Two types of magnetic measurements are made at IRF - absolute and short-term variations. Absolute measurements are used to monitor the strength and direction of the magnetic field which is generated inside the Earth. This changes slowly, on a time scale of 10's of years, due to poorly-understood internal processes.
Absolute measurements are made with proton-precession magnetometer (magnitude) and with the standard DI flux (theodolite) method (see IAGA document page 197-198 and NOAA site). Readings are made every week. Short-term variations with time scales from a few seconds to a year are due to electric currents flowing in the ionosphere (primarily 100-130 km altitude) and induced in the surface layers of the solid Earth. At IRF, DMI (Danish Meterological Institute) flux-gate magnetometers, are used to measure these variations. Data is recorded with 1 s time resolution, directly onto a PC at the measurement site.
Two magnetometers are operated at IRF, one primary and one backup to be able to backup up data gaps of one of them. A copy of the data is sent directly to the IRF main building over a radio link.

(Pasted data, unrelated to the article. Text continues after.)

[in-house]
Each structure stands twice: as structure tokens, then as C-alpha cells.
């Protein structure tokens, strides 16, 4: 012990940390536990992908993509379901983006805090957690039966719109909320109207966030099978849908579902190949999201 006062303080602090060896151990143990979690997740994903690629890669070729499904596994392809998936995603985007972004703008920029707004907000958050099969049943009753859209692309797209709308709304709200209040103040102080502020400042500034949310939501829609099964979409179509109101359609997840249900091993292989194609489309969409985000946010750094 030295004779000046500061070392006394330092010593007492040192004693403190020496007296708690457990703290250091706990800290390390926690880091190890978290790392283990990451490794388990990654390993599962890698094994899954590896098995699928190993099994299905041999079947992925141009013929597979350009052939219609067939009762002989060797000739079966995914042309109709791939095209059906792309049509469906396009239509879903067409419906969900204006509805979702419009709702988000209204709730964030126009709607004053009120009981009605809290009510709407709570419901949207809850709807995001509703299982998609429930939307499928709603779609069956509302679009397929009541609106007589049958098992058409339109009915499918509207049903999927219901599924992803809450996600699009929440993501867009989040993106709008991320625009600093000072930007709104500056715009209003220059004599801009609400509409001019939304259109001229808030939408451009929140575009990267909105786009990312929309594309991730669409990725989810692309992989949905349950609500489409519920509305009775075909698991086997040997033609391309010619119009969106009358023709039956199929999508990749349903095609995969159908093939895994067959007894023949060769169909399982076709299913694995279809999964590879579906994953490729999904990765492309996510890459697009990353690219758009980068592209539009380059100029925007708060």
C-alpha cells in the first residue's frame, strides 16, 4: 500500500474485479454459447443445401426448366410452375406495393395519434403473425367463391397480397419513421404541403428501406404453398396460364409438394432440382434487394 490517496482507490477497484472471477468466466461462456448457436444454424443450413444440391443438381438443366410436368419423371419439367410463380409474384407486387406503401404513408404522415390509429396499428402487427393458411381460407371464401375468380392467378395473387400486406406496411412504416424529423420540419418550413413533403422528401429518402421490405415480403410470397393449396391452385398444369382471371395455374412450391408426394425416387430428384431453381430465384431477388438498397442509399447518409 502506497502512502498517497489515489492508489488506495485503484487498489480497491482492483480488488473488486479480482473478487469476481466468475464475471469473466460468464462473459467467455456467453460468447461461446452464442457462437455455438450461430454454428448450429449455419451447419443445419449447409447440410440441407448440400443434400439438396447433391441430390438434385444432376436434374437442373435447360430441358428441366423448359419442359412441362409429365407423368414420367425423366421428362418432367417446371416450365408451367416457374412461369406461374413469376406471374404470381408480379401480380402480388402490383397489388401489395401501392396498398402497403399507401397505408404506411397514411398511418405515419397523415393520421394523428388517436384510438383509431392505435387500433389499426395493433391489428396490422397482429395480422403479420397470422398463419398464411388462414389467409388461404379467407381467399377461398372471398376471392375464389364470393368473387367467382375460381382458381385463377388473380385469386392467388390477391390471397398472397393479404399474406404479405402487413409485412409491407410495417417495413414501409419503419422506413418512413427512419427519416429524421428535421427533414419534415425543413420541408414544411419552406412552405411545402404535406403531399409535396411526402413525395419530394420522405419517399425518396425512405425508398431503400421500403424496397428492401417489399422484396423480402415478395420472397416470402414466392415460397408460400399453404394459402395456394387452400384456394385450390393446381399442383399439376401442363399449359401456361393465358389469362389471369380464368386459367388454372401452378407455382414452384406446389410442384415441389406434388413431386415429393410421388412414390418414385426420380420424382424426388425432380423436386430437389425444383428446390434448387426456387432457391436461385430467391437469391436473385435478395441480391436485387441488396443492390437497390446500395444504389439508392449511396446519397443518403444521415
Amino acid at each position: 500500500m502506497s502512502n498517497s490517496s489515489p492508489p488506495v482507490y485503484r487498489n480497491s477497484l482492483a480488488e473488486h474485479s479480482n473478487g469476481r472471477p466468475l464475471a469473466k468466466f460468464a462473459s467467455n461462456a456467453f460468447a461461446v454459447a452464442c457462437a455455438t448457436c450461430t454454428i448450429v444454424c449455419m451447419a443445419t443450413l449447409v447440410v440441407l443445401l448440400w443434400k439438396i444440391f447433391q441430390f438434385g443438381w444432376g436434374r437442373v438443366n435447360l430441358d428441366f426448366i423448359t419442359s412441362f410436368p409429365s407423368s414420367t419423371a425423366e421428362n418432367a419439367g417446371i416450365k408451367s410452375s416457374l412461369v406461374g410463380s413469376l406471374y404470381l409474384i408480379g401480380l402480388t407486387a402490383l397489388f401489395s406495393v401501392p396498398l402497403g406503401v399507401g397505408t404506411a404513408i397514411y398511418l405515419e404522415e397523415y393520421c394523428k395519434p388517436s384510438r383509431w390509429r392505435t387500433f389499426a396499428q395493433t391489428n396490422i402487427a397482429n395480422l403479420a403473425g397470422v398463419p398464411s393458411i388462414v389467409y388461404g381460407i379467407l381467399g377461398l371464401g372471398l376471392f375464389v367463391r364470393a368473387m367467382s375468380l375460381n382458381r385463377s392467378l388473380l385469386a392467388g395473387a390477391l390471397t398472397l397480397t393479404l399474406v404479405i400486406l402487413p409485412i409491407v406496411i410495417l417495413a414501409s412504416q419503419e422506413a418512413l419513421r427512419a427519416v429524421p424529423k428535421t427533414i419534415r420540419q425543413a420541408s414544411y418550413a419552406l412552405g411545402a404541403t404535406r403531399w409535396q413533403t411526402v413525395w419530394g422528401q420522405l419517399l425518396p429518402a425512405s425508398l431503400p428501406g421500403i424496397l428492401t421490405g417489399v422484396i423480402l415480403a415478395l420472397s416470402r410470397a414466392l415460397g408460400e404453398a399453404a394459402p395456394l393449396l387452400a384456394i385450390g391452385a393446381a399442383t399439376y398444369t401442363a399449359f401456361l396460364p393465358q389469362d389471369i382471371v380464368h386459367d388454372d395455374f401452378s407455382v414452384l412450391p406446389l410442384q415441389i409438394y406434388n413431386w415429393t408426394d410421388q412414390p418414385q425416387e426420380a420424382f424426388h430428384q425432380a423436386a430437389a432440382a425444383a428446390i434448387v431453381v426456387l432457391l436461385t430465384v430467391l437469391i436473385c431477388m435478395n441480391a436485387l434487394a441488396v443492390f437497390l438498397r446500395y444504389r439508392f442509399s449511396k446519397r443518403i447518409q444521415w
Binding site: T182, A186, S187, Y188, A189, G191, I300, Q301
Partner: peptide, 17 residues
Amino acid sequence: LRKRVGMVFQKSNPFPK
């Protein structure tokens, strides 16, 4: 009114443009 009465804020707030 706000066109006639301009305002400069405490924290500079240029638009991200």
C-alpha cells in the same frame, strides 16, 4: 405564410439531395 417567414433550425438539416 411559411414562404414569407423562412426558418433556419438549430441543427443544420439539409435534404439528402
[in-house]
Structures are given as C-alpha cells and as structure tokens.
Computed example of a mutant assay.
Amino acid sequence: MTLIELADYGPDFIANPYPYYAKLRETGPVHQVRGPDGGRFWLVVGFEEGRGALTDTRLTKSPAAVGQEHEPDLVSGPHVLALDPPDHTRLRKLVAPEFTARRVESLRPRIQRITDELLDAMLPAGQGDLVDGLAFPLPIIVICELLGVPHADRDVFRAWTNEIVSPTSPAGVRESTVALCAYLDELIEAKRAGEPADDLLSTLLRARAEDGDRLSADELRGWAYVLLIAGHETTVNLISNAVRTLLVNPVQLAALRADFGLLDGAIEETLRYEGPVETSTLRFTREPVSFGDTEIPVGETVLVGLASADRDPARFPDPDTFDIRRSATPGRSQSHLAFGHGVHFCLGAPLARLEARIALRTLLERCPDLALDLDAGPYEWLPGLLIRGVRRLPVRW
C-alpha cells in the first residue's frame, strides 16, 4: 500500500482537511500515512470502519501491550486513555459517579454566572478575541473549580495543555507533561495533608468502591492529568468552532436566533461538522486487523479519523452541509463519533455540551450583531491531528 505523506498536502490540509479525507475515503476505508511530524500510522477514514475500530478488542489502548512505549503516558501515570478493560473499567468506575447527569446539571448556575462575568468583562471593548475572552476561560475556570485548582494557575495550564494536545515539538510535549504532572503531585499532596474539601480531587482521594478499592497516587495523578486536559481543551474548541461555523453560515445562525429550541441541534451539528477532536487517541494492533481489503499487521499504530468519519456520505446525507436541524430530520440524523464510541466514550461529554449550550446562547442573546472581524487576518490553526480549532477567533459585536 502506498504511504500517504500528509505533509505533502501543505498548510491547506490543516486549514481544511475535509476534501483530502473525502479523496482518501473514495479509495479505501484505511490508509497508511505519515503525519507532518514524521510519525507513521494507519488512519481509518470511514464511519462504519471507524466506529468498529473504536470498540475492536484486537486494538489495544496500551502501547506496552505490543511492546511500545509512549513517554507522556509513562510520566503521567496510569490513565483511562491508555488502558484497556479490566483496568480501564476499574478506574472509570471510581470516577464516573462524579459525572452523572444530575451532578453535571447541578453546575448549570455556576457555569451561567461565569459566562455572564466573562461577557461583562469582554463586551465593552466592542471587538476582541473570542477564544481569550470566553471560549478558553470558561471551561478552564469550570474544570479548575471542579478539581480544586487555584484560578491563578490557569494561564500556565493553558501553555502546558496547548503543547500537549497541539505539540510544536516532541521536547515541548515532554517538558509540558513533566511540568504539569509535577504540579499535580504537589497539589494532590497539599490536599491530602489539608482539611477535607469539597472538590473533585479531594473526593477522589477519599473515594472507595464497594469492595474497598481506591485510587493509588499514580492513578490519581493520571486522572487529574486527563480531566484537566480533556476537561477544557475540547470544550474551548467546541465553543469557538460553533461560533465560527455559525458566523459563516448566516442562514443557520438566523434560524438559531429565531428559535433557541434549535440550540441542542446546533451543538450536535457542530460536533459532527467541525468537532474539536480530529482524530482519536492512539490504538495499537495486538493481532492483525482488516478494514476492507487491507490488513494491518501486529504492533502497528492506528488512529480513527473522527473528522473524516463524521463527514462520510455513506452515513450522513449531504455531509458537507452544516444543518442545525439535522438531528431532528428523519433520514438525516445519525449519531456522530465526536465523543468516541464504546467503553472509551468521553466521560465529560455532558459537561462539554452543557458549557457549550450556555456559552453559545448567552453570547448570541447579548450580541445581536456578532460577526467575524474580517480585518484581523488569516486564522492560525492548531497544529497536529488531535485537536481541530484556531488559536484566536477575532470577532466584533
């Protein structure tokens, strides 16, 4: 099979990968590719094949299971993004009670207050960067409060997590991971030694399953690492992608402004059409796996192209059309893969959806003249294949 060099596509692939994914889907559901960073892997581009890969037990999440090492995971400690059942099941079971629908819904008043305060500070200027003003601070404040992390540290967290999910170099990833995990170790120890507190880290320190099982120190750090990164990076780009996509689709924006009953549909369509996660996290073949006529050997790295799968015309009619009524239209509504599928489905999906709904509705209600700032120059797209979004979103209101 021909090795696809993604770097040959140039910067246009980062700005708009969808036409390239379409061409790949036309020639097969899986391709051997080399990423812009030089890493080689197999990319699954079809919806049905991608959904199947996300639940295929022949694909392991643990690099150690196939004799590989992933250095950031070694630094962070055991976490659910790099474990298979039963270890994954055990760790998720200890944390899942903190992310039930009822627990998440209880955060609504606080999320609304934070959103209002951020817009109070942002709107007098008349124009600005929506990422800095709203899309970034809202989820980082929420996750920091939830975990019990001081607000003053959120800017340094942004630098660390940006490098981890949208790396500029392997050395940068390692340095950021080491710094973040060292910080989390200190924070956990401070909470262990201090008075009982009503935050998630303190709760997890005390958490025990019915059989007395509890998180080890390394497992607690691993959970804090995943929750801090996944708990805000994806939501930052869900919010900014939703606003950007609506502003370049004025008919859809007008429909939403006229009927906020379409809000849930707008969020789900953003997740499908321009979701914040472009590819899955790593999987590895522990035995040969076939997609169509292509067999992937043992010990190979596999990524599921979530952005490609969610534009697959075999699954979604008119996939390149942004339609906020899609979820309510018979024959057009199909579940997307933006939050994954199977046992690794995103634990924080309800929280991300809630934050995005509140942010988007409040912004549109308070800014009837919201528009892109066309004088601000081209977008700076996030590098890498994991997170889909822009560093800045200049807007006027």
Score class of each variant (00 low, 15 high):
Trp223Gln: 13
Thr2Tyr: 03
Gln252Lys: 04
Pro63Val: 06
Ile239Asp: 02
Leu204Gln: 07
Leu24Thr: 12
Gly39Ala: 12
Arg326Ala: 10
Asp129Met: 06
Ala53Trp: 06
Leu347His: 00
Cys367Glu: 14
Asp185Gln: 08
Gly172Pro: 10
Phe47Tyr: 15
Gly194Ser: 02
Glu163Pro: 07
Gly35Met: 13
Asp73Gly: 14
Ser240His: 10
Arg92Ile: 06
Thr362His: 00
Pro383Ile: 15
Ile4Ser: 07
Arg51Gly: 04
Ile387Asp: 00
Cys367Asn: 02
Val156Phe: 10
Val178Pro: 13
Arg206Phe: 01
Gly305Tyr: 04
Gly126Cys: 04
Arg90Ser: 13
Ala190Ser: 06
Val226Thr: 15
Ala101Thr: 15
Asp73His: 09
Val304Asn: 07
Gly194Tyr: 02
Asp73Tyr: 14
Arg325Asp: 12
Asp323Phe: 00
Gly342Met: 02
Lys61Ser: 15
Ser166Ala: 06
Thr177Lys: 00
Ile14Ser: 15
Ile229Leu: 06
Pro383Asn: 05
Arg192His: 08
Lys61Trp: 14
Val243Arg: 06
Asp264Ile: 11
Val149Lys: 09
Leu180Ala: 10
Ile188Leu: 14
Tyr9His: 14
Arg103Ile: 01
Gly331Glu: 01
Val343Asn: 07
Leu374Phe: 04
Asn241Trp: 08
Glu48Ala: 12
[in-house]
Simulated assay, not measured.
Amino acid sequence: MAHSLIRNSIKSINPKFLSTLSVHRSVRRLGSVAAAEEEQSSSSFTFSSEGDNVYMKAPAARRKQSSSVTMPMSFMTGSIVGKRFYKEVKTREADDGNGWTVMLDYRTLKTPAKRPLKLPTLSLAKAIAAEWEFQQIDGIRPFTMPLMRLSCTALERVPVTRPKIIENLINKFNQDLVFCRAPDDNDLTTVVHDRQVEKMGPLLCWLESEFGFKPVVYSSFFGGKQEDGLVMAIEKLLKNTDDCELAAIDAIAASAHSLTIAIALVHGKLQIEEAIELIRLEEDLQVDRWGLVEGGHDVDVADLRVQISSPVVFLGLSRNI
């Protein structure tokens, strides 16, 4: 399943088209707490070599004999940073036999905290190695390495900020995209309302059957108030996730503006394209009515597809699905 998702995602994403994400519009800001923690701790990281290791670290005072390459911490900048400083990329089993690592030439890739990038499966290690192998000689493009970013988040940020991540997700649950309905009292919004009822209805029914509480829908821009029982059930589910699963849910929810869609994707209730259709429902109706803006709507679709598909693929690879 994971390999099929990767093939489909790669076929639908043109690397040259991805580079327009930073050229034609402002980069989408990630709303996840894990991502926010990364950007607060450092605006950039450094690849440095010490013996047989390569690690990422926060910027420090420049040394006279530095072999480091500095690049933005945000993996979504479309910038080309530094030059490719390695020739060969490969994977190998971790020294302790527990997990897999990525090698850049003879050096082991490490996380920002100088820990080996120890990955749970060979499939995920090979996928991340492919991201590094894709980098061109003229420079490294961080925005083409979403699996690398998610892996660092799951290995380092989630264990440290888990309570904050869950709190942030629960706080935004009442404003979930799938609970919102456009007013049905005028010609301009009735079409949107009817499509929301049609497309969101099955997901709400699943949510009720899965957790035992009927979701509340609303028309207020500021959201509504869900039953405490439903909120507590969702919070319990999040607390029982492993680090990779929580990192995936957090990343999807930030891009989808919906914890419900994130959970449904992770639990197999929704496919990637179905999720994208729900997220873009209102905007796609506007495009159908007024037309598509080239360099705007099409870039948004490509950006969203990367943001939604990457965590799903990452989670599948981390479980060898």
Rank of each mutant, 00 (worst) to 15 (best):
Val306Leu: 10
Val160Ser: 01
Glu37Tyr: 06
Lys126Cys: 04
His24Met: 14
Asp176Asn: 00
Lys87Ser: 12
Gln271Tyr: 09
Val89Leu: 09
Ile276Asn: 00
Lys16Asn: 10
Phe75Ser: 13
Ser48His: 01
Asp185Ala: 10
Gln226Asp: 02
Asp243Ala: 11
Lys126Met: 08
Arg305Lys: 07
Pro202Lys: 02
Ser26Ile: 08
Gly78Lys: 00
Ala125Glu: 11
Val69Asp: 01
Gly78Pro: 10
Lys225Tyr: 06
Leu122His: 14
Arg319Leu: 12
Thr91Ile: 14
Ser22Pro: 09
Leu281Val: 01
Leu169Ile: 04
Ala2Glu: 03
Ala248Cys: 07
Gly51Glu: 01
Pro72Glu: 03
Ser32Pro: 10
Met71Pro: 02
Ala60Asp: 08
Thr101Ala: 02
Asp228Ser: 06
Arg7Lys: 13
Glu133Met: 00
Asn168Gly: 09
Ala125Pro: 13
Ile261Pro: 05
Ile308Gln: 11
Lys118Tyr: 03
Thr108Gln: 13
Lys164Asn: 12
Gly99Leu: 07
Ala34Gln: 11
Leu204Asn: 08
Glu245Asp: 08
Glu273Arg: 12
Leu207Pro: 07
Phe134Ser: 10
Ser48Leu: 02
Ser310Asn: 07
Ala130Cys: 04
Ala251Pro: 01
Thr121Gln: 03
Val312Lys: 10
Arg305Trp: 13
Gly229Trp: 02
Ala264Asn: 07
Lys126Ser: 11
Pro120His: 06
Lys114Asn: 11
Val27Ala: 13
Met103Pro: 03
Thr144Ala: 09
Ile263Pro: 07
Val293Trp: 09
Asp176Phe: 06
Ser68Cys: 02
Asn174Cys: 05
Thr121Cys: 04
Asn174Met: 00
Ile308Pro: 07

Each month, the flux-gate data are calibrated against the absolute measurements, quiet days are identified and local K-indices calculated. Kiruna digital magnetic data is also sent to the WDC-C2 in Japan, as one of few stations that provides 1 sec value (WDC = World Data Center).
The direction and strength of the magnetic field are usually given in one of three ways: three orthogonal components (X,Y and Z), one in cylindrical coordinate system with horizontal component, vertical component, and declination angle from north (H, D and Z), and one in polar coordinate system (D, I and F) (http://www.ngdc.noaa.gov/geomag/geomaginfo.shtml). These are illustrated below.
The magnetic field at a point on the Earth's surface: The magnetic elements